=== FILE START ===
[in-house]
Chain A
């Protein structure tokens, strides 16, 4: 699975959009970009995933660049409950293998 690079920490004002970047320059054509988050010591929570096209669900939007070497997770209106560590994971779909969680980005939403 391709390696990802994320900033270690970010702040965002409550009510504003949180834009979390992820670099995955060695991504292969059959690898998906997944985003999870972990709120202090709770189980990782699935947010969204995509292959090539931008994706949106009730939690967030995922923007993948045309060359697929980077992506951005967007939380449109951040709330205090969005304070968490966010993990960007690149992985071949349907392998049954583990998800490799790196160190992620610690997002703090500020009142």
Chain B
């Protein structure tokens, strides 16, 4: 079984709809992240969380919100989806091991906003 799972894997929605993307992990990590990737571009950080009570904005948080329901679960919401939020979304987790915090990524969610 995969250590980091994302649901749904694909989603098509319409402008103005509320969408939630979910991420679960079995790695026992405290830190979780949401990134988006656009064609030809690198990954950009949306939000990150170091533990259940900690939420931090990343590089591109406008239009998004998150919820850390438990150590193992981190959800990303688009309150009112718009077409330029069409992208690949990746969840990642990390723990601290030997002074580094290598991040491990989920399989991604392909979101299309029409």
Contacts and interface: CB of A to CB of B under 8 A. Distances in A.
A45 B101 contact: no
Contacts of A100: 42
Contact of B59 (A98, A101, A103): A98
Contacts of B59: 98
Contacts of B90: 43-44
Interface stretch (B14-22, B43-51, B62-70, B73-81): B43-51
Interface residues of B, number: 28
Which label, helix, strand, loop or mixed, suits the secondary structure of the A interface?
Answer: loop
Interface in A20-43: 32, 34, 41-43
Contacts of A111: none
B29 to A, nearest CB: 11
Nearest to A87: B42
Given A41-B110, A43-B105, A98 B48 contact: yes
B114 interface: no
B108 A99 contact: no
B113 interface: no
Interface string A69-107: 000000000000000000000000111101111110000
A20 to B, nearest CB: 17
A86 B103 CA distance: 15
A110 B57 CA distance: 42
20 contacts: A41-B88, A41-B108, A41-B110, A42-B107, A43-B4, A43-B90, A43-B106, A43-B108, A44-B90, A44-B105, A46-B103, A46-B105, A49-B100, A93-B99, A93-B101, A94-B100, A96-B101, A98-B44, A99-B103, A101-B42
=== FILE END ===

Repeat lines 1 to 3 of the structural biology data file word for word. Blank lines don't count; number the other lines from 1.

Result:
[in-house]
Chain A
């Protein structure tokens, strides 16, 4: 699975959009970009995933660049409950293998 690079920490004002970047320059054509988050010591929570096209669900939007070497997770209106560590994971779909969680980005939403 391709390696990802994320900033270690970010702040965002409550009510504003949180834009979390992820670099995955060695991504292969059959690898998906997944985003999870972990709120202090709770189980990782699935947010969204995509292959090539931008994706949106009730939690967030995922923007993948045309060359697929980077992506951005967007939380449109951040709330205090969005304070968490966010993990960007690149992985071949349907392998049954583990998800490799790196160190992620610690997002703090500020009142």